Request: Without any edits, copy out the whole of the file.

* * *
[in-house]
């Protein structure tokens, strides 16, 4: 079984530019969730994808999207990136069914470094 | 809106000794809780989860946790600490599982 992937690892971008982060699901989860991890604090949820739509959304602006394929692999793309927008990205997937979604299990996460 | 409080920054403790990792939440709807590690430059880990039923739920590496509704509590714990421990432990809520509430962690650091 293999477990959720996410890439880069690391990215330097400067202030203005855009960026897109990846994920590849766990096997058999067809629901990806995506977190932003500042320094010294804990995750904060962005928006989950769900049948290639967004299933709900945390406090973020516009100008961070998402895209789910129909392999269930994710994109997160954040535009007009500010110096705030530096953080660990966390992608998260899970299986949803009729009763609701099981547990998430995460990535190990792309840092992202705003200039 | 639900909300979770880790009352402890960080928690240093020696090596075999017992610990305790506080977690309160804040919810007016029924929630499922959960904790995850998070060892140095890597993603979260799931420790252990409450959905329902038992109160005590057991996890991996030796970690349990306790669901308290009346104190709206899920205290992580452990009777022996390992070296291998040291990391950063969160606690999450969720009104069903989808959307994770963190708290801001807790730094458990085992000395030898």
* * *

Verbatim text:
[in-house]
């Protein structure tokens, strides 16, 4: 079984530019969730994808999207990136069914470094 | 809106000794809780989860946790600490599982 992937690892971008982060699901989860991890604090949820739509959304602006394929692999793309927008990205997937979604299990996460 | 409080920054403790990792939440709807590690430059880990039923739920590496509704509590714990421990432990809520509430962690650091 293999477990959720996410890439880069690391990215330097400067202030203005855009960026897109990846994920590849766990096997058999067809629901990806995506977190932003500042320094010294804990995750904060962005928006989950769900049948290639967004299933709900945390406090973020516009100008961070998402895209789910129909392999269930994710994109997160954040535009007009500010110096705030530096953080660990966390992608998260899970299986949803009729009763609701099981547990998430995460990535190990792309840092992202705003200039 | 639900909300979770880790009352402890960080928690240093020696090596075999017992610990305790506080977690309160804040919810007016029924929630499922959960904790995850998070060892140095890597993603979260799931420790252990409450959905329902038992109160005590057991996890991996030796970690349990306790669901308290009346104190709206899920205290992580452990009777022996390992070296291998040291990391950063969160606690999450969720009104069903989808959307994770963190708290801001807790730094458990085992000395030898």